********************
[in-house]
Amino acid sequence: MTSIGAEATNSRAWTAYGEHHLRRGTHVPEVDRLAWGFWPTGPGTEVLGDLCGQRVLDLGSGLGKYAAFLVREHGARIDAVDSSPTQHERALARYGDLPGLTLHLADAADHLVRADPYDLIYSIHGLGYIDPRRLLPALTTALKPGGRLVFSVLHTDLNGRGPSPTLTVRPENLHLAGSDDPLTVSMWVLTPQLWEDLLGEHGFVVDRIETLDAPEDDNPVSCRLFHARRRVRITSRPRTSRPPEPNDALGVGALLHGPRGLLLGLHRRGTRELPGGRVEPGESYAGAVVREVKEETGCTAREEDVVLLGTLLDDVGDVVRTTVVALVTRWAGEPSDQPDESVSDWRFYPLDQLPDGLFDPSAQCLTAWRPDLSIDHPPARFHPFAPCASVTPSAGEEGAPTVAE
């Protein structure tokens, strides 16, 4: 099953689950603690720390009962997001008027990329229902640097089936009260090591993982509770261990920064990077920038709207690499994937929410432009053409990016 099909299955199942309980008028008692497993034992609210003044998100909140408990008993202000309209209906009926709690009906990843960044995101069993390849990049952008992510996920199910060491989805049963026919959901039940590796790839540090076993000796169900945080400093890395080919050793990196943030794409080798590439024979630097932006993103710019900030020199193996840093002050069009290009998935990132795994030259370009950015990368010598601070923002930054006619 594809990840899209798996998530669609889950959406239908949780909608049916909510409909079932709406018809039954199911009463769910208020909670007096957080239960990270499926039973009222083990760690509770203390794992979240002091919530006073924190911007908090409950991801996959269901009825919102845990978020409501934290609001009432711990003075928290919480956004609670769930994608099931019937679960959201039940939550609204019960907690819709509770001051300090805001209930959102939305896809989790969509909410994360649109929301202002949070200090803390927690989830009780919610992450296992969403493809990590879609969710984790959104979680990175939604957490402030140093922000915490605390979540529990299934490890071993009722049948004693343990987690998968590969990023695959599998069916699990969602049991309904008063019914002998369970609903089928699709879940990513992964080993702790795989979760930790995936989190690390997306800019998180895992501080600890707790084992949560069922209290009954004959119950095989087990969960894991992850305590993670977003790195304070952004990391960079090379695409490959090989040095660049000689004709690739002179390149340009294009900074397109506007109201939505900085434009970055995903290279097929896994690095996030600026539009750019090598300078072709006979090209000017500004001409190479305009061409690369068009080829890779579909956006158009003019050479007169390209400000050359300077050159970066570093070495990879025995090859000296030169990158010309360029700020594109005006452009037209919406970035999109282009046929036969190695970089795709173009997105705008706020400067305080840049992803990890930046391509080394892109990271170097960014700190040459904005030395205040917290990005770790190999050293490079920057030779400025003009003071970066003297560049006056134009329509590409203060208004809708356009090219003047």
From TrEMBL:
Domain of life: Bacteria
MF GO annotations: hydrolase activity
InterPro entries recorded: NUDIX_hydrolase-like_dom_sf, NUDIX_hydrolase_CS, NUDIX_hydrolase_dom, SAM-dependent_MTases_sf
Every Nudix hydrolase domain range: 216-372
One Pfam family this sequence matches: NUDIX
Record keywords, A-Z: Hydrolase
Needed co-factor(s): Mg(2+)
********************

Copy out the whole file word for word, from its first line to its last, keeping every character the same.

[in-house]
Amino acid sequence: MTSIGAEATNSRAWTAYGEHHLRRGTHVPEVDRLAWGFWPTGPGTEVLGDLCGQRVLDLGSGLGKYAAFLVREHGARIDAVDSSPTQHERALARYGDLPGLTLHLADAADHLVRADPYDLIYSIHGLGYIDPRRLLPALTTALKPGGRLVFSVLHTDLNGRGPSPTLTVRPENLHLAGSDDPLTVSMWVLTPQLWEDLLGEHGFVVDRIETLDAPEDDNPVSCRLFHARRRVRITSRPRTSRPPEPNDALGVGALLHGPRGLLLGLHRRGTRELPGGRVEPGESYAGAVVREVKEETGCTAREEDVVLLGTLLDDVGDVVRTTVVALVTRWAGEPSDQPDESVSDWRFYPLDQLPDGLFDPSAQCLTAWRPDLSIDHPPARFHPFAPCASVTPSAGEEGAPTVAE
């Protein structure tokens, strides 16, 4: 099953689950603690720390009962997001008027990329229902640097089936009260090591993982509770261990920064990077920038709207690499994937929410432009053409990016 099909299955199942309980008028008692497993034992609210003044998100909140408990008993202000309209209906009926709690009906990843960044995101069993390849990049952008992510996920199910060491989805049963026919959901039940590796790839540090076993000796169900945080400093890395080919050793990196943030794409080798590439024979630097932006993103710019900030020199193996840093002050069009290009998935990132795994030259370009950015990368010598601070923002930054006619 594809990840899209798996998530669609889950959406239908949780909608049916909510409909079932709406018809039954199911009463769910208020909670007096957080239960990270499926039973009222083990760690509770203390794992979240002091919530006073924190911007908090409950991801996959269901009825919102845990978020409501934290609001009432711990003075928290919480956004609670769930994608099931019937679960959201039940939550609204019960907690819709509770001051300090805001209930959102939305896809989790969509909410994360649109929301202002949070200090803390927690989830009780919610992450296992969403493809990590879609969710984790959104979680990175939604957490402030140093922000915490605390979540529990299934490890071993009722049948004693343990987690998968590969990023695959599998069916699990969602049991309904008063019914002998369970609903089928699709879940990513992964080993702790795989979760930790995936989190690390997306800019998180895992501080600890707790084992949560069922209290009954004959119950095989087990969960894991992850305590993670977003790195304070952004990391960079090379695409490959090989040095660049000689004709690739002179390149340009294009900074397109506007109201939505900085434009970055995903290279097929896994690095996030600026539009750019090598300078072709006979090209000017500004001409190479305009061409690369068009080829890779579909956006158009003019050479007169390209400000050359300077050159970066570093070495990879025995090859000296030169990158010309360029700020594109005006452009037209919406970035999109282009046929036969190695970089795709173009997105705008706020400067305080840049992803990890930046391509080394892109990271170097960014700190040459904005030395205040917290990005770790190999050293490079920057030779400025003009003071970066003297560049006056134009329509590409203060208004809708356009090219003047």
From TrEMBL:
Domain of life: Bacteria
MF GO annotations: hydrolase activity
InterPro entries recorded: NUDIX_hydrolase-like_dom_sf, NUDIX_hydrolase_CS, NUDIX_hydrolase_dom, SAM-dependent_MTases_sf
Every Nudix hydrolase domain range: 216-372
One Pfam family this sequence matches: NUDIX
Record keywords, A-Z: Hydrolase
Needed co-factor(s): Mg(2+)